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When you think about celebrating festivals, what is the fondest memory that comes to your mind immediately?
For me, it’s definitely the fun, frolic and food associated with the festival.
Similarly, if you want to introduce your cultural festivals to your child and you want them to enjoy it, do it via play.
Play is “the highest expression of human development in childhood, for it alone is the free expression of what is in a child’s soul.” So said Friedrich Froebel, the inventor of Kindergarten. In play, whether it is storytelling, playing games, and music and movement, your child can explore, imagine and make decisions, whilst having fun and enjoying themselves.
Here are three ways to use play during festivals to make it an engaging experience for our children.
Games have an instant ability to connect on an entertaining level with our children. A great play-based activity, games can be a great way to help connect kids to the festivals that you are celebrating. What are some of the games that you played in your childhood during festivals that you could teach your children?
I can distinctly remember playing card games with my family during Diwali and it is definitely a tradition that I will continue with my little one. Another example of a game that you could play with your child is doing a treasure hunt with them for Janmashtami involving makhan or a treasure hunt for Ganesh Chaturthi finding laddoos. Tambola is another great game to play on Diwali with your children.
Use play-based activities that your child is interested in – such as art, music and movement, drama, storytelling – to relate them to the festival. If your child likes dress-up games, then there’s no limit to the fun that can be had at festivals. Dressing them – and yourself, why not – as Ganesh or Krishna or Radha will be exciting for you and the extended family, translating into a beautiful memory. (Keep that camera handy!) Dress-ups promote role-play, so this can be a great way to teach stories relating to the god of the day.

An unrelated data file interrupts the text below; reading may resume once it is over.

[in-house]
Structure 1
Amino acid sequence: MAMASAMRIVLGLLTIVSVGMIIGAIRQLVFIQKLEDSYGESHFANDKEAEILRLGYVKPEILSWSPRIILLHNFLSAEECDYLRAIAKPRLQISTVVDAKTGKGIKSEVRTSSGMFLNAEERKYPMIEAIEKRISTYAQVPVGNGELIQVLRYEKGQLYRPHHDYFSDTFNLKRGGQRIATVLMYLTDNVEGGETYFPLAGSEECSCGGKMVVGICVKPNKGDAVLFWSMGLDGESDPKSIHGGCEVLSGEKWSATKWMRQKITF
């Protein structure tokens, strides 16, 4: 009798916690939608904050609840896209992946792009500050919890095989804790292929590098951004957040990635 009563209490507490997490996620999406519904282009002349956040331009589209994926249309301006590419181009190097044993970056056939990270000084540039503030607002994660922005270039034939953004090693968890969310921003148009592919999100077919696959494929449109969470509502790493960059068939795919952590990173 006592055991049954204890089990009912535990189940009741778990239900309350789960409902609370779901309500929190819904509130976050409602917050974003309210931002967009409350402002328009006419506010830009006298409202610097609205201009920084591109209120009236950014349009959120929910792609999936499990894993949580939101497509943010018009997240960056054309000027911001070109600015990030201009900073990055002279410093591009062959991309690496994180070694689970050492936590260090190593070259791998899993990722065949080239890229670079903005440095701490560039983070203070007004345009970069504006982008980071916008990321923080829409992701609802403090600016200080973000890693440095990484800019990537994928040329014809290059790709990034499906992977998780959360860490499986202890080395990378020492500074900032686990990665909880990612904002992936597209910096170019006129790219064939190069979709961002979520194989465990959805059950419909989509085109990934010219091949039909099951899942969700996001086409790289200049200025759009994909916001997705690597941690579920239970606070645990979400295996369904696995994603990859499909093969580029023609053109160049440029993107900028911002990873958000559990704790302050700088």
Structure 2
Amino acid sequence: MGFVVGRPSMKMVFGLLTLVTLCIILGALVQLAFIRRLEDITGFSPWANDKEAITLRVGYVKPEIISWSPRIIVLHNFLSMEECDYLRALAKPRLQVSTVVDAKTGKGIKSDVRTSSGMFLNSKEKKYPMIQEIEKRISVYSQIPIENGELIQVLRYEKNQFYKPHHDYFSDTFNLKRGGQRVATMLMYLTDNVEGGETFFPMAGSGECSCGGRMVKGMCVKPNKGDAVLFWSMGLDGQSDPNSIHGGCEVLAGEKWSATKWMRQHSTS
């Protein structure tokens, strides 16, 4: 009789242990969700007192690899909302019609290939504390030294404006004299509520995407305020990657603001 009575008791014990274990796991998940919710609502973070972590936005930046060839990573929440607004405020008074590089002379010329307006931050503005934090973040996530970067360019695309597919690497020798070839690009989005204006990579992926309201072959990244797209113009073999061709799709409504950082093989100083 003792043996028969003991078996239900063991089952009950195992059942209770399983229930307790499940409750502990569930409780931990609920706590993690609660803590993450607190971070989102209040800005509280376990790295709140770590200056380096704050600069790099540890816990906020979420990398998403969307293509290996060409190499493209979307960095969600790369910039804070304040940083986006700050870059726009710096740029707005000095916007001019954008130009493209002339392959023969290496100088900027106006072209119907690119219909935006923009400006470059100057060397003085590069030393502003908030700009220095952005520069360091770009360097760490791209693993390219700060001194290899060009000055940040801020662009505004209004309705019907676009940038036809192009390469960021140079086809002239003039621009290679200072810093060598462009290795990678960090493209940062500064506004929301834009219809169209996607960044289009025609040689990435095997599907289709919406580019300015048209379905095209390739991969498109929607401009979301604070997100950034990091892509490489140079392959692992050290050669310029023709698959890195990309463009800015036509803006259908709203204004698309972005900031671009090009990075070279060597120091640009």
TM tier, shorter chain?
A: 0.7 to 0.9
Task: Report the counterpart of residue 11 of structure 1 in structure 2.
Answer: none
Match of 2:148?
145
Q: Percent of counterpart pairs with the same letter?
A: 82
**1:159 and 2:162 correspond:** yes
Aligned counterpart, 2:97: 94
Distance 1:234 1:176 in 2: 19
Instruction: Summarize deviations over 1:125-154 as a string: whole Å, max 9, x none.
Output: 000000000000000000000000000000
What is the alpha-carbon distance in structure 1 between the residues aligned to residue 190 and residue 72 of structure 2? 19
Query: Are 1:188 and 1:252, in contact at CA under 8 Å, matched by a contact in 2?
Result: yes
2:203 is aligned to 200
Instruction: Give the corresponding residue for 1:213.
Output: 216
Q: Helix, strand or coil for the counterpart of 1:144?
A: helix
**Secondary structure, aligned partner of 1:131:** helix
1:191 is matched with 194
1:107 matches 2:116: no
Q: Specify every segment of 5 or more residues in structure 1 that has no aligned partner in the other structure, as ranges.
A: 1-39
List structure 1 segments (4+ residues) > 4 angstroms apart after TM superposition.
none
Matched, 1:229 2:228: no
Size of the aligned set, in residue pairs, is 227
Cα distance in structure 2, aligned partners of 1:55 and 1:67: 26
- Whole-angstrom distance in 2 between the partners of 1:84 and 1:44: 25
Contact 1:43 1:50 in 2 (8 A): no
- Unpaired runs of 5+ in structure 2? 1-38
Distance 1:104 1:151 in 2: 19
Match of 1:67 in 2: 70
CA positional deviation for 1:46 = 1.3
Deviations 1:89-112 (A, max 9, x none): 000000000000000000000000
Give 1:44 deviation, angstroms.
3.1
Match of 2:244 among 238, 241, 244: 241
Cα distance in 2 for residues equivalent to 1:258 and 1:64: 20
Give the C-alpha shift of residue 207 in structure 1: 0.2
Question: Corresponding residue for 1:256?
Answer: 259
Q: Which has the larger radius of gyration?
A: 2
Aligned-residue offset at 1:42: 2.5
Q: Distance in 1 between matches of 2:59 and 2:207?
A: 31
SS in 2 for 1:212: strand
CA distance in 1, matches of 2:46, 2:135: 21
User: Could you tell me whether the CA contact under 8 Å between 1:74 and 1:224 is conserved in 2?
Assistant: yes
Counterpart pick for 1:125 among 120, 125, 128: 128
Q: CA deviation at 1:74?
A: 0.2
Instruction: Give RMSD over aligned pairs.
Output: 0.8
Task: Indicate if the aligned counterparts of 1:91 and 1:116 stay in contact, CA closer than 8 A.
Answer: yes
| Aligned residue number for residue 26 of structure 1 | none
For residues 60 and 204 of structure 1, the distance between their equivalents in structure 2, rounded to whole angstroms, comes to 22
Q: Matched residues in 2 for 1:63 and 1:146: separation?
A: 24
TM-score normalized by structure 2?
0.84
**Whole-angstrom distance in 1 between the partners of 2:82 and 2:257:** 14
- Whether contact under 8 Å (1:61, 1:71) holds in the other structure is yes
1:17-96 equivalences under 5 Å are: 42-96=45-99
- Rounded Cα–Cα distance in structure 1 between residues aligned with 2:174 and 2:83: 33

If music is more your child’s thing, bring out the dandiya sticks for Navratri and tap away, or pick a particularly tuneful bhajan to sing along with them.
All children connect to stories, so reading them tales about the characters or gods relevant to the festival could also be instructive.
At my own home, art is a favourite activity – drawing, crafting and colouring make my little one very excited. Painting a handi for Janmashtami or making diya crafts for Diwali will be great ways to spend our play time.
What is something that your child enjoys doing (playing) and how could you connect it to the festival you are celebrating?
Cooking is an activity that allows imagination and exploration and so can be a wonderful avenue for play. So you could cook with your child, or you could let your child make something for the festival you are celebrating. Play dough laddoos for Ganesh Chaturthi – hey, even adults will enjoy this activity!
Older children can join you in the kitchen as your roll your real laddoos. Laddoo time at Ganesh Chaturthi is filled with teachable moments. Use other sweet treats for the different festivals. Turn the music on, get the kids in the kitchen, and start creating some delicious memories together.
At Janmashtami this year, which we celebrated with our little one for the first time, we created some fun-filled traditions based in play. We made handis (clay pots) and a mor pankh (peacock crown), listened to stories about Krishna, helped to make some makhan (butter) and mithai (sweets) and lastly learnt and sang some Krishan bhajans (hymns) all whilst having loads of fun.
The more the fun-filled memories that you can make with your child when celebrating your festival, the better the connection of your child with the festival being celebrated, and the greater the joy.
Introduce play through games, play-based activities and cooking whilst celebrating your festivals with your children. Then, watch how the festivals transform from the usual humdrum to the most exciting and memorable times for your family.
READ ALSO: It’s modak time as we celebrate Ganesha
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